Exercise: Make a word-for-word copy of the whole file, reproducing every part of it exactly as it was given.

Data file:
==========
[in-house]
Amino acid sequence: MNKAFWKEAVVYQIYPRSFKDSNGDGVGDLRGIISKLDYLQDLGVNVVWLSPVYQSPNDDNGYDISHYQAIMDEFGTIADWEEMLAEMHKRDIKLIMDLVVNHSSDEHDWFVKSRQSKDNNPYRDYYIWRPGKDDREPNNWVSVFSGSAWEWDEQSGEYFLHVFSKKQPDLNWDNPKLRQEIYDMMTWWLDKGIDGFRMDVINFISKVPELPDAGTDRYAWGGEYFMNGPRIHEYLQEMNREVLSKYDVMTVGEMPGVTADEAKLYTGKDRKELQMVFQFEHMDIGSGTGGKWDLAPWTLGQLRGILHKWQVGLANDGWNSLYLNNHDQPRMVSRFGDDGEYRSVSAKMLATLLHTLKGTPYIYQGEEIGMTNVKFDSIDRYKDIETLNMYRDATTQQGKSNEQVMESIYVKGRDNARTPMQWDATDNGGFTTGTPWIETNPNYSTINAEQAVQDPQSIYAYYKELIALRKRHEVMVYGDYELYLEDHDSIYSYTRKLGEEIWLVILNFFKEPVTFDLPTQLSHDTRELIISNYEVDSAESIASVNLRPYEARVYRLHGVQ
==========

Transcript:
[in-house]
Amino acid sequence: MNKAFWKEAVVYQIYPRSFKDSNGDGVGDLRGIISKLDYLQDLGVNVVWLSPVYQSPNDDNGYDISHYQAIMDEFGTIADWEEMLAEMHKRDIKLIMDLVVNHSSDEHDWFVKSRQSKDNNPYRDYYIWRPGKDDREPNNWVSVFSGSAWEWDEQSGEYFLHVFSKKQPDLNWDNPKLRQEIYDMMTWWLDKGIDGFRMDVINFISKVPELPDAGTDRYAWGGEYFMNGPRIHEYLQEMNREVLSKYDVMTVGEMPGVTADEAKLYTGKDRKELQMVFQFEHMDIGSGTGGKWDLAPWTLGQLRGILHKWQVGLANDGWNSLYLNNHDQPRMVSRFGDDGEYRSVSAKMLATLLHTLKGTPYIYQGEEIGMTNVKFDSIDRYKDIETLNMYRDATTQQGKSNEQVMESIYVKGRDNARTPMQWDATDNGGFTTGTPWIETNPNYSTINAEQAVQDPQSIYAYYKELIALRKRHEVMVYGDYELYLEDHDSIYSYTRKLGEEIWLVILNFFKEPVTFDLPTQLSHDTRELIISNYEVDSAESIASVNLRPYEARVYRLHGVQ